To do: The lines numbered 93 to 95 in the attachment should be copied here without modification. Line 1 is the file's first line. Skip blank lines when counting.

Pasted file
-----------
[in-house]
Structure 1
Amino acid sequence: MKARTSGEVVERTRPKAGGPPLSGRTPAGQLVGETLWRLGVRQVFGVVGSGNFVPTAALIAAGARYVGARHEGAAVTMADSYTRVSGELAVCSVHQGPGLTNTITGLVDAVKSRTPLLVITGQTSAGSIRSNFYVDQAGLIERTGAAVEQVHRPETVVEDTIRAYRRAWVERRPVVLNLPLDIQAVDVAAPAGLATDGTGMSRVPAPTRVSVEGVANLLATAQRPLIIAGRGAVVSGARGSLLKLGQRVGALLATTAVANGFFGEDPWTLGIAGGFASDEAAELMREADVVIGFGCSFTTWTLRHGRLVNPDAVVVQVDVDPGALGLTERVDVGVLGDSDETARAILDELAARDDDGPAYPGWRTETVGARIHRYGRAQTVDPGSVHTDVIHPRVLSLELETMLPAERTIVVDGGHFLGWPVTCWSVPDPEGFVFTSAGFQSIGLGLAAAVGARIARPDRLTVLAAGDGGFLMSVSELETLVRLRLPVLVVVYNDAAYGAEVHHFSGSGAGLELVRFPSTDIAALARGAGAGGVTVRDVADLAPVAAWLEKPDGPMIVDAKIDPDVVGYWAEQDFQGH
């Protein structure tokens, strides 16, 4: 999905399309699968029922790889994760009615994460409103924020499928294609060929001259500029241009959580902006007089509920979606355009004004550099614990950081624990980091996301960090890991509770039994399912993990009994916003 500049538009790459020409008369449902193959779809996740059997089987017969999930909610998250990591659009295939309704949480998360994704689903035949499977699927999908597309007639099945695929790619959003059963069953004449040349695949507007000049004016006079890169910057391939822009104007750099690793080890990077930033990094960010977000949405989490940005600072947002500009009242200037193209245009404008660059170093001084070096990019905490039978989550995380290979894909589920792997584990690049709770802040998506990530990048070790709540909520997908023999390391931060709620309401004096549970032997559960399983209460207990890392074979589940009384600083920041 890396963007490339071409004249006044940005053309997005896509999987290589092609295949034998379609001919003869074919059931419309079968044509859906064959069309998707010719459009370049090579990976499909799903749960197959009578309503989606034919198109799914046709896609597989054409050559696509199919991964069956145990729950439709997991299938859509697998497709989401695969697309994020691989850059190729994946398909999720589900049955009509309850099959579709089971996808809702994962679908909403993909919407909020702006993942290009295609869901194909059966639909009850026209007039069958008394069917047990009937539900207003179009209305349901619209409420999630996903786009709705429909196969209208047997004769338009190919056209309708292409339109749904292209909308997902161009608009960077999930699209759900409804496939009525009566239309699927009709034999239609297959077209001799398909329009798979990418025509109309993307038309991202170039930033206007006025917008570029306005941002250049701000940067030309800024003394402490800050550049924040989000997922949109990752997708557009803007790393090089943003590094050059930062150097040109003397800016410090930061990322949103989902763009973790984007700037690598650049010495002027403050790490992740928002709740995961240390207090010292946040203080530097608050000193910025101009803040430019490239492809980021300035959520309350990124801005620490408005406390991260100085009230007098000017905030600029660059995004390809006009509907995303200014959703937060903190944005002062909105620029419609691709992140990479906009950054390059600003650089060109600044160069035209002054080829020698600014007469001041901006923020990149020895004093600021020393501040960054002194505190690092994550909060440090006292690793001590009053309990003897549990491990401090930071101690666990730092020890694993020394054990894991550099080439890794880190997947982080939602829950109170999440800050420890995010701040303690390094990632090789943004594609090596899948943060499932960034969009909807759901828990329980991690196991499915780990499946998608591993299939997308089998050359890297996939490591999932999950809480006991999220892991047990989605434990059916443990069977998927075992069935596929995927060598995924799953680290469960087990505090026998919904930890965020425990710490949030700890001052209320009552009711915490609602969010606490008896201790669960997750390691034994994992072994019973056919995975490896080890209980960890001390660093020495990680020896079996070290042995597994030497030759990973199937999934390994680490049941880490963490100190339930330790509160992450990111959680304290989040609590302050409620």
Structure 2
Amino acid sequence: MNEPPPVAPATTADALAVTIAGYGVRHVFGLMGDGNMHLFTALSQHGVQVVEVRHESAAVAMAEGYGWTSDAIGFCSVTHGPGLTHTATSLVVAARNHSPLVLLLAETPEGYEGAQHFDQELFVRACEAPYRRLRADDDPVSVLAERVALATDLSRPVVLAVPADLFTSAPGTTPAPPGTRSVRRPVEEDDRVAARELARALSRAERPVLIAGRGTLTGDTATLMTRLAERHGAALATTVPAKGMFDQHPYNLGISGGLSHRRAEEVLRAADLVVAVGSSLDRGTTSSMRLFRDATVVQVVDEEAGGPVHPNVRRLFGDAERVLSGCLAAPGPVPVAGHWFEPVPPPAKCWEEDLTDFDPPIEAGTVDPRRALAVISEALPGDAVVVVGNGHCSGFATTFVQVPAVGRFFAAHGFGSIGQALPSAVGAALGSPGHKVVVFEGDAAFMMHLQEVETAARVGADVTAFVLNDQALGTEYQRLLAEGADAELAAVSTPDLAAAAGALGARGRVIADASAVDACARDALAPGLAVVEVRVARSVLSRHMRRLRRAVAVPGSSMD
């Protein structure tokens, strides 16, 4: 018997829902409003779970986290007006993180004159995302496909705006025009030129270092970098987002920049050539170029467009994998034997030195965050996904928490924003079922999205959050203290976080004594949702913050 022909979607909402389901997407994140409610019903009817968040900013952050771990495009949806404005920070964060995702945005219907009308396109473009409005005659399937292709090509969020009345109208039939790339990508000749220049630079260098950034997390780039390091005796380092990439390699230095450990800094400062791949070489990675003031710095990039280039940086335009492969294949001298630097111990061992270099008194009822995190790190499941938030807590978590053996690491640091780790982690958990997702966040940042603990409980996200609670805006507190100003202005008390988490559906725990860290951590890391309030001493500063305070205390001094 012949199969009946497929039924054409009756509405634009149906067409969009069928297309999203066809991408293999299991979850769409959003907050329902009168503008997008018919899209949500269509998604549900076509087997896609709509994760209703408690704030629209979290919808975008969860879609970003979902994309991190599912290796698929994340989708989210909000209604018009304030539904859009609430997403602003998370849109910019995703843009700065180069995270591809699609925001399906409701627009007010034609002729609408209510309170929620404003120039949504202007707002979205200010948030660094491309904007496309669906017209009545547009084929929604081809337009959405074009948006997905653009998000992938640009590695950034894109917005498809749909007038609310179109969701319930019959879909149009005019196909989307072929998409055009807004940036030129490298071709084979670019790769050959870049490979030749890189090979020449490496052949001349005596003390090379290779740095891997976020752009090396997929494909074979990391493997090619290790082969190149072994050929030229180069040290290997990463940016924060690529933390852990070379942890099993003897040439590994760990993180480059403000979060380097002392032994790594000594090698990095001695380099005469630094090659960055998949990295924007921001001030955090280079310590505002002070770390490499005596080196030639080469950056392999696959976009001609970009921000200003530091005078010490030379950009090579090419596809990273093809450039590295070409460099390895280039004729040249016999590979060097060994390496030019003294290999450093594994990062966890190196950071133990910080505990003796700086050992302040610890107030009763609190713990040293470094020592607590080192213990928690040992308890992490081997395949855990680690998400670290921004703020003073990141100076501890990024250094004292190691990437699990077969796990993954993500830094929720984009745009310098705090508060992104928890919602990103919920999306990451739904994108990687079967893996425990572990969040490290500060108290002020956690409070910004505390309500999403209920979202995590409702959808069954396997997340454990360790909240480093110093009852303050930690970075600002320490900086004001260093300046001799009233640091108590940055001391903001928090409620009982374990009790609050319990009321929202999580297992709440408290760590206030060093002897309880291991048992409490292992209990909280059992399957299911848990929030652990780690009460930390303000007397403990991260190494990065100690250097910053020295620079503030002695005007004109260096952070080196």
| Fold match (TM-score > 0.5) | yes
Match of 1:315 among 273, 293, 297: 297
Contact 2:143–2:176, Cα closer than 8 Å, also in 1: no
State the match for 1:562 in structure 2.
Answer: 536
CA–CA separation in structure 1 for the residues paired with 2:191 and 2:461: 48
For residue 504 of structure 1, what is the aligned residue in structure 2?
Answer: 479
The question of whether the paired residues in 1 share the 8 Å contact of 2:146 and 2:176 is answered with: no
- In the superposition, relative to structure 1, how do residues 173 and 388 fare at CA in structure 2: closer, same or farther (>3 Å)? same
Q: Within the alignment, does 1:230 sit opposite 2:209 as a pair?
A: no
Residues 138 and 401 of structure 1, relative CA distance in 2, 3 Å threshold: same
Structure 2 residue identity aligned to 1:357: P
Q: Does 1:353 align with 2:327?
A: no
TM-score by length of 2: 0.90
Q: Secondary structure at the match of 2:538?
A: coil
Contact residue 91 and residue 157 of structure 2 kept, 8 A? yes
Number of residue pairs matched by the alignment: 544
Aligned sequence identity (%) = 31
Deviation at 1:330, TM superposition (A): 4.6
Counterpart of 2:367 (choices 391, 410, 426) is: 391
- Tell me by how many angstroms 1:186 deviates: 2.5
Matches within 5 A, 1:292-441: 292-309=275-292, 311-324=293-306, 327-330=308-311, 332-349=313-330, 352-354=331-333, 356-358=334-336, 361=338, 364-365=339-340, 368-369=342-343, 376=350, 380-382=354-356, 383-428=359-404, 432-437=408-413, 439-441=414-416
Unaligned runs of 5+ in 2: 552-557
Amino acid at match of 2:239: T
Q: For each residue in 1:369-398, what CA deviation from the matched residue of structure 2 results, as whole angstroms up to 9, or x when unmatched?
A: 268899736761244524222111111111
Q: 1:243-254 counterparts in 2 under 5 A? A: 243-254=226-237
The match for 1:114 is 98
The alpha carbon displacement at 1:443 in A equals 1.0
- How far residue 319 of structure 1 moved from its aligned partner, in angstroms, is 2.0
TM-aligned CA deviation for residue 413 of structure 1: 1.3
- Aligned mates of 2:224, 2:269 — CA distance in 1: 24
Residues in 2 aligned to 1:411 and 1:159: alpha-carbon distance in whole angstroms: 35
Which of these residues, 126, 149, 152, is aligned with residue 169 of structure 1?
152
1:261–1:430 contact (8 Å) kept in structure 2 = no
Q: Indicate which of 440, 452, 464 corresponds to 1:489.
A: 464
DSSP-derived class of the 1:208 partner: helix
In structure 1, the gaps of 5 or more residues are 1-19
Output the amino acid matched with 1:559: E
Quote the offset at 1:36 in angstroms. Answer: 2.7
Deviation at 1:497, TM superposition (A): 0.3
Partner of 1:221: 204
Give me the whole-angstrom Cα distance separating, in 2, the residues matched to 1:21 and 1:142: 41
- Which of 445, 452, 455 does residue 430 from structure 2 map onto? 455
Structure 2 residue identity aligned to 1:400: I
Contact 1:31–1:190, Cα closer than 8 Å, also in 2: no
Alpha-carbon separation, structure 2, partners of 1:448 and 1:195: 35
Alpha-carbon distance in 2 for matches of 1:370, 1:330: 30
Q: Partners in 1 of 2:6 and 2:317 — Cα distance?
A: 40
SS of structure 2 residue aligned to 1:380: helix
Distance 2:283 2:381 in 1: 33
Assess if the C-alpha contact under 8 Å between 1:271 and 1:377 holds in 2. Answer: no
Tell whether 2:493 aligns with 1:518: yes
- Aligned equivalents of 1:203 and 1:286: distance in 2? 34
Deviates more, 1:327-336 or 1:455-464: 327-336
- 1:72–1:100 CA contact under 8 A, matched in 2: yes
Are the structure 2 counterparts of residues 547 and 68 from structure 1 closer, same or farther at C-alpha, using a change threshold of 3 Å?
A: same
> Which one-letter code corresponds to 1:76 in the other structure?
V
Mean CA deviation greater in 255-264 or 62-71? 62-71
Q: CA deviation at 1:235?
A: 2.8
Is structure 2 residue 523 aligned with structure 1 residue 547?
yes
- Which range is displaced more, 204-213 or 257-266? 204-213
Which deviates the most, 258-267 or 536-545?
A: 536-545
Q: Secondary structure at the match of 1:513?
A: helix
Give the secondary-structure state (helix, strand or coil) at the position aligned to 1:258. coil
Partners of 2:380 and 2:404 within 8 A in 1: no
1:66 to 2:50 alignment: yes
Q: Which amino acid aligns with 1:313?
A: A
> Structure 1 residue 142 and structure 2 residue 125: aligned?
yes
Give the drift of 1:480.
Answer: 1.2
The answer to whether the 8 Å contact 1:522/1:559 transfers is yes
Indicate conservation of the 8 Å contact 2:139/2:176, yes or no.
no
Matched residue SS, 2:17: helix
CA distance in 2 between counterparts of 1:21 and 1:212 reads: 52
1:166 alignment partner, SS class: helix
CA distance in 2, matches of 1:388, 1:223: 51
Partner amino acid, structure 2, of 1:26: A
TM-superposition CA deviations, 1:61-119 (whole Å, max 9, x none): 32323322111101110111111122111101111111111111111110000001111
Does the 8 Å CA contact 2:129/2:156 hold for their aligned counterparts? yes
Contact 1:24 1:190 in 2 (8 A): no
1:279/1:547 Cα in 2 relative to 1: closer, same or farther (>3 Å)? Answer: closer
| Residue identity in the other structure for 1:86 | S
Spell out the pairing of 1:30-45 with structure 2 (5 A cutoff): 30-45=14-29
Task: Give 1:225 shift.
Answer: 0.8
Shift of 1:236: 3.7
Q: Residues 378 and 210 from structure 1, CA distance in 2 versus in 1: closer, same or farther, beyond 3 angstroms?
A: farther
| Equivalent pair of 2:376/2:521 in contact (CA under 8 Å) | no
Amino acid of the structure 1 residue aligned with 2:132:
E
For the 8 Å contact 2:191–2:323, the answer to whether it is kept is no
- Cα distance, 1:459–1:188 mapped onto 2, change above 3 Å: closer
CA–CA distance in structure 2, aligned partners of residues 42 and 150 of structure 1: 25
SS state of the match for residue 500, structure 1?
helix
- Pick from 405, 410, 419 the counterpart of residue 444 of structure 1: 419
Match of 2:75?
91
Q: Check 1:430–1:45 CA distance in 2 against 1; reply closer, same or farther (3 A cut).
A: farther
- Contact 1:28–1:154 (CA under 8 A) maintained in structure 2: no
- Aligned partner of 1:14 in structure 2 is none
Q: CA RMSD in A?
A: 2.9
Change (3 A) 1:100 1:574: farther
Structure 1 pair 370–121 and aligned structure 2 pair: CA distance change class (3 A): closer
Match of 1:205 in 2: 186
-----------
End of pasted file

Answer: 1.2
The answer to whether the 8 Å contact 1:522/1:559 transfers is yes
Indicate conservation of the 8 Å contact 2:139/2:176, yes or no.